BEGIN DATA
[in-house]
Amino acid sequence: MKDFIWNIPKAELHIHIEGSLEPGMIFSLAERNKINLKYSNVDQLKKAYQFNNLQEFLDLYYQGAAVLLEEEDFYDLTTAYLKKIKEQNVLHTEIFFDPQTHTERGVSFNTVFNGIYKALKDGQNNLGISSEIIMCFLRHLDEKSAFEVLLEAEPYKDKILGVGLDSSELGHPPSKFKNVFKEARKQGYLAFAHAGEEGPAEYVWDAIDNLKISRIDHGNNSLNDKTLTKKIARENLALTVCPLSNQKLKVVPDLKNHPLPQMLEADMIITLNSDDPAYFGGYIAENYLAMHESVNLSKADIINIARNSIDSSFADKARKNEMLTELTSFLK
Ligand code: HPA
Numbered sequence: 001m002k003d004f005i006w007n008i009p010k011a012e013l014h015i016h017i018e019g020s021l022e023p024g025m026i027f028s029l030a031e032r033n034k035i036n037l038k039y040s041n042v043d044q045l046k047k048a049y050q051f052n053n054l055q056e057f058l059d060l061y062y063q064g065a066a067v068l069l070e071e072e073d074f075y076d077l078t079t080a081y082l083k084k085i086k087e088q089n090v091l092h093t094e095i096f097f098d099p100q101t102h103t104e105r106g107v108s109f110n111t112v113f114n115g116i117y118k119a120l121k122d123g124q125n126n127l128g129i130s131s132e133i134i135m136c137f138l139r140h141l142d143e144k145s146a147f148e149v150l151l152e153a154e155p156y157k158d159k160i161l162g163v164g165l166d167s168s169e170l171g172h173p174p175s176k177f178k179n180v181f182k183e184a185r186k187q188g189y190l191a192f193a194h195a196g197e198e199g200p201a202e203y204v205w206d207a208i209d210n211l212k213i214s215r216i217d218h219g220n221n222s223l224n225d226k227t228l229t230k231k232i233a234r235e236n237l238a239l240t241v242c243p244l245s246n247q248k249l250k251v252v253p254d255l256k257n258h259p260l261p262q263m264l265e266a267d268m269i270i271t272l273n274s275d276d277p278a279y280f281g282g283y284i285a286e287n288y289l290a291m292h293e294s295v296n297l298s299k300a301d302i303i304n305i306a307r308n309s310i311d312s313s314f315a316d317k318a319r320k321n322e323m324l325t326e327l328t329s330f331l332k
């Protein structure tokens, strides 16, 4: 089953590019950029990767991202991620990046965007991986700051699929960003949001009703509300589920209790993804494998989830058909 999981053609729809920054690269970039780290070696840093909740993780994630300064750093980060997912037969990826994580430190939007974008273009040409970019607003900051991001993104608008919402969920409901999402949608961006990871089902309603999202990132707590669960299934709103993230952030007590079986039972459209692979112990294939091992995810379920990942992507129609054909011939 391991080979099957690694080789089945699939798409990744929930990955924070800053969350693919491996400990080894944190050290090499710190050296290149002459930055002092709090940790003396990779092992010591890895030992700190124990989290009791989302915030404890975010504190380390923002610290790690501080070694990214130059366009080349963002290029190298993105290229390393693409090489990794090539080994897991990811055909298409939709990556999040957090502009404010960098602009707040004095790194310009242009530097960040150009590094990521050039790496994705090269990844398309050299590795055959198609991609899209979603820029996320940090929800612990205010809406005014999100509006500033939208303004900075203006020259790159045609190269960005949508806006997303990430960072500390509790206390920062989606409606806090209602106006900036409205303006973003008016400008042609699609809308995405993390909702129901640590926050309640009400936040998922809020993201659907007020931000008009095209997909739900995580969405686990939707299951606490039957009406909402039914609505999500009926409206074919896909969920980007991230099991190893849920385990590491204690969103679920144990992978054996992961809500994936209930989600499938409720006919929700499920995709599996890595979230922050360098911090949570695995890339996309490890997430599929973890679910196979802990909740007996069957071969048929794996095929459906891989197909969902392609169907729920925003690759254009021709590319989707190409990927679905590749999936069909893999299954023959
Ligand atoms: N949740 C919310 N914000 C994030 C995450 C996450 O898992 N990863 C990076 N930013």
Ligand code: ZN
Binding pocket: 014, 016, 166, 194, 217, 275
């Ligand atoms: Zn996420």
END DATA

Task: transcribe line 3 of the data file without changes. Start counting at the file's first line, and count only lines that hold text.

Ligand code: HPA